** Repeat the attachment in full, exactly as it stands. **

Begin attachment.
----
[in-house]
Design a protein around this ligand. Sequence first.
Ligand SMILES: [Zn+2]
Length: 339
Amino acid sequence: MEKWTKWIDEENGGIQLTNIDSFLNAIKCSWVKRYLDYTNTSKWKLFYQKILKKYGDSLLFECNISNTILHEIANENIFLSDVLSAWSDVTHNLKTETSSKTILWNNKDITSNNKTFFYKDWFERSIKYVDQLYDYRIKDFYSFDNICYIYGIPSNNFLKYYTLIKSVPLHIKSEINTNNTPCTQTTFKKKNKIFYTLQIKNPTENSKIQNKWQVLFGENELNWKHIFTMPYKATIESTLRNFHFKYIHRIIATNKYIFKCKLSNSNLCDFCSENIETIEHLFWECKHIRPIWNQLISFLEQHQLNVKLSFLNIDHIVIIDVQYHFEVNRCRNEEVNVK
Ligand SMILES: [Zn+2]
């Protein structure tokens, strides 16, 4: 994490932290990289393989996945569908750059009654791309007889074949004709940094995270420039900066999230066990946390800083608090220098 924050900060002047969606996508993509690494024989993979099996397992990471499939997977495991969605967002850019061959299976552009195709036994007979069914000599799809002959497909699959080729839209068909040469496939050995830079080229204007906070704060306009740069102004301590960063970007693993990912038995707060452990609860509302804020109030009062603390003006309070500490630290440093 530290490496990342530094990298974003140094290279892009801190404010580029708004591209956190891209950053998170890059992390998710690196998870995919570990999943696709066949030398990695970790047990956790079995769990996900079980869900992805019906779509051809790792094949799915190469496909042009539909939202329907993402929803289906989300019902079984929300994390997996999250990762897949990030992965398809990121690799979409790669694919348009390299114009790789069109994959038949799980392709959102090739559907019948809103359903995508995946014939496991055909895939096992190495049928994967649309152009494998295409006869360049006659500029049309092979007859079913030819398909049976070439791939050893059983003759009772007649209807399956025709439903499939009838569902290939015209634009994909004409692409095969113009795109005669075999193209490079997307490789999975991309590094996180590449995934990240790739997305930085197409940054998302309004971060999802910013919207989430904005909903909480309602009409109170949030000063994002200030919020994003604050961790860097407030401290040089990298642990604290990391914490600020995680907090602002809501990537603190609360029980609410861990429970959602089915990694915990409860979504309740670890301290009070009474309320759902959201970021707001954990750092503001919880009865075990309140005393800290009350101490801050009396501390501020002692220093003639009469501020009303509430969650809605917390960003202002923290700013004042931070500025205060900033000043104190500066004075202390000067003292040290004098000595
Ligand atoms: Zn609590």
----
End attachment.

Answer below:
[in-house]
Design a protein around this ligand. Sequence first.
Ligand SMILES: [Zn+2]
Length: 339
Amino acid sequence: MEKWTKWIDEENGGIQLTNIDSFLNAIKCSWVKRYLDYTNTSKWKLFYQKILKKYGDSLLFECNISNTILHEIANENIFLSDVLSAWSDVTHNLKTETSSKTILWNNKDITSNNKTFFYKDWFERSIKYVDQLYDYRIKDFYSFDNICYIYGIPSNNFLKYYTLIKSVPLHIKSEINTNNTPCTQTTFKKKNKIFYTLQIKNPTENSKIQNKWQVLFGENELNWKHIFTMPYKATIESTLRNFHFKYIHRIIATNKYIFKCKLSNSNLCDFCSENIETIEHLFWECKHIRPIWNQLISFLEQHQLNVKLSFLNIDHIVIIDVQYHFEVNRCRNEEVNVK
Ligand SMILES: [Zn+2]
């Protein structure tokens, strides 16, 4: 994490932290990289393989996945569908750059009654791309007889074949004709940094995270420039900066999230066990946390800083608090220098 924050900060002047969606996508993509690494024989993979099996397992990471499939997977495991969605967002850019061959299976552009195709036994007979069914000599799809002959497909699959080729839209068909040469496939050995830079080229204007906070704060306009740069102004301590960063970007693993990912038995707060452990609860509302804020109030009062603390003006309070500490630290440093 530290490496990342530094990298974003140094290279892009801190404010580029708004591209956190891209950053998170890059992390998710690196998870995919570990999943696709066949030398990695970790047990956790079995769990996900079980869900992805019906779509051809790792094949799915190469496909042009539909939202329907993402929803289906989300019902079984929300994390997996999250990762897949990030992965398809990121690799979409790669694919348009390299114009790789069109994959038949799980392709959102090739559907019948809103359903995508995946014939496991055909895939096992190495049928994967649309152009494998295409006869360049006659500029049309092979007859079913030819398909049976070439791939050893059983003759009772007649209807399956025709439903499939009838569902290939015209634009994909004409692409095969113009795109005669075999193209490079997307490789999975991309590094996180590449995934990240790739997305930085197409940054998302309004971060999802910013919207989430904005909903909480309602009409109170949030000063994002200030919020994003604050961790860097407030401290040089990298642990604290990391914490600020995680907090602002809501990537603190609360029980609410861990429970959602089915990694915990409860979504309740670890301290009070009474309320759902959201970021707001954990750092503001919880009865075990309140005393800290009350101490801050009396501390501020002692220093003639009469501020009303509430969650809605917390960003202002923290700013004042931070500025205060900033000043104190500066004075202390000067003292040290004098000595
Ligand atoms: Zn609590």